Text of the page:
A newspaper is a publication that is printed on a daily basis and contains news and articles. Its main function is to inform its readers about what has happened and what is happening in the world around them. It also provides analysis and comment about the events of the day. Most newspapers are based on written text, although some publish audio and video as well.
A typical newspaper will have four main departments: editorial, production/printing, circulation, and advertising. In addition, most major papers have non-newspaper-specific departments that are found in other businesses of comparable size, such as accounting, human resources, and information technology.
The term “daily news” is often used in reference to the editorial content of a newspaper, but it can also refer to any aspect of the newspaper’s business, including its finances and distribution. Most papers will have a daily circulation figure, which is an estimate of how many people receive the newspaper on a given day. This number is usually expressed as a percentage of the population in the area covered by the newspaper.
Most newspapers are aimed at a broad spectrum of readers, usually geographically defined; there are also some which focus on particular groups, such as business readers or sports enthusiasts. More specialized still are some weekly newspapers, which may serve communities as small as a single city or region.
The Yale Daily News (YDN) is the oldest college daily newspaper in the United States and is published every weekday when classes are in session. Founded on January 28, 1878, the News is privately owned and financially independent. The YDN Historical Archive allows the public to access digitized versions of the paper and includes over 140 years of YDN coverage. The YDN also publishes a weekly Friday supplement known as WEEKEND, a Yale Daily News Magazine and several special issues each year, including the annual Yale-Harvard Game Day Issue and Commencement Issue, as well as a number of issues celebrating the YDN’s commitment to Yale’s indigenous, black, Asian, and Pacific Islander communities in partnership with those communities’ respective student centers and organizations.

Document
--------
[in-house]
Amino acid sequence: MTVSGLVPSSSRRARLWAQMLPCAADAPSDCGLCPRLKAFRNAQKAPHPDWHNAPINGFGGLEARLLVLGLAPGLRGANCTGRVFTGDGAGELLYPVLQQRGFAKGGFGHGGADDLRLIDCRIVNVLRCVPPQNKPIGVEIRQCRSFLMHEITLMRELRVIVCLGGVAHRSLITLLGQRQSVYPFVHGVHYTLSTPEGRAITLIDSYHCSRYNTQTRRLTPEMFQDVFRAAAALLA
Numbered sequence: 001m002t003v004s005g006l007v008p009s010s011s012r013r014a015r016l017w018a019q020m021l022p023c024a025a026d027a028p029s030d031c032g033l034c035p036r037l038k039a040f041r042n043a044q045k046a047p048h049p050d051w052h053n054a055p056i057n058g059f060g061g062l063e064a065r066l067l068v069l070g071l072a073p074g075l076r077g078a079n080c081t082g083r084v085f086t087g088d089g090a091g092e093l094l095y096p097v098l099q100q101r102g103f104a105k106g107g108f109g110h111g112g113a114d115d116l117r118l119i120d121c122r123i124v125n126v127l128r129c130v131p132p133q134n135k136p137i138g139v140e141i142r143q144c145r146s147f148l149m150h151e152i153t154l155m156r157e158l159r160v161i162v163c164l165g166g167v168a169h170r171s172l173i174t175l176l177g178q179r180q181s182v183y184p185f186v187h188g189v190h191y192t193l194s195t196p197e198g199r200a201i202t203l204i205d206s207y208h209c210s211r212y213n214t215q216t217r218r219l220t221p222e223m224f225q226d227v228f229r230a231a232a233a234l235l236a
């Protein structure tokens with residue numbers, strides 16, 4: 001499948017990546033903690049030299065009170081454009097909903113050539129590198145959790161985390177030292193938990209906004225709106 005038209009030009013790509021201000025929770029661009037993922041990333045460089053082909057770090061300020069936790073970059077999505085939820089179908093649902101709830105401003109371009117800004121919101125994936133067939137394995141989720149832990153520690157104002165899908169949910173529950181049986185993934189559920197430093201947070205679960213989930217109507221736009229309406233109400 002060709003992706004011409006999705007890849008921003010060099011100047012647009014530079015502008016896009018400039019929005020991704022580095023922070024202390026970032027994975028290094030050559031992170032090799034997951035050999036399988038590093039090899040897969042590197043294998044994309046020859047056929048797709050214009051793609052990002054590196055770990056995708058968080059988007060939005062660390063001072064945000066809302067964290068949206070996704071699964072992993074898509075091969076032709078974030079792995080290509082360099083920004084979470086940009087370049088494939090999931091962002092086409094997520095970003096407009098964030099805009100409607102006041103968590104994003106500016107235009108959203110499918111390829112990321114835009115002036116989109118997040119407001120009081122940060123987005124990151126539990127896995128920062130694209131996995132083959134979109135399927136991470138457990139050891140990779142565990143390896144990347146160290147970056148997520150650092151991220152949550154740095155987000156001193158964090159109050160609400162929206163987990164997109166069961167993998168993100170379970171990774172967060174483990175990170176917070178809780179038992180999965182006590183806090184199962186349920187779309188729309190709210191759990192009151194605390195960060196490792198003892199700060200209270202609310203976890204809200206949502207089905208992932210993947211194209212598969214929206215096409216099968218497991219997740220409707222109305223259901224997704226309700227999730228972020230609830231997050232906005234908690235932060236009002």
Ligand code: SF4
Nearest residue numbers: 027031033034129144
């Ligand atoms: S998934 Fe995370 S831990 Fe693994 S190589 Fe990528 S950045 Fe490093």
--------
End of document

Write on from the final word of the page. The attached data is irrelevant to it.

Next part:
In 1924, the News opened a studio in the Manhattan neighborhood of Hell’s Kitchen and moved its offices to 450 West 33rd Street in 1948. The building, which is now the world headquarters of the Associated Press, once straddled railroad tracks that led into Pennsylvania Station. During this time, the News launched WPIX (Channel 11 in New York City), whose call letters were taken from its nickname of “New York’s Picture Newspaper,” and the first FM radio station called WWOR-FM, which was simulcast on its AM namesake.
The News has won dozens of Pulitzer Prizes and other awards for its work, and was the first newspaper to win an Emmy Award for outstanding television newscasting in 1985. The paper also has a notable reputation for investigative reporting and is recognized as the most influential of its kind in the United States. The News has been credited with bringing the concept of tabloid journalism to the U.S., and was the first to be printed in a compact format, later popularized by The Daily Telegraph in Britain.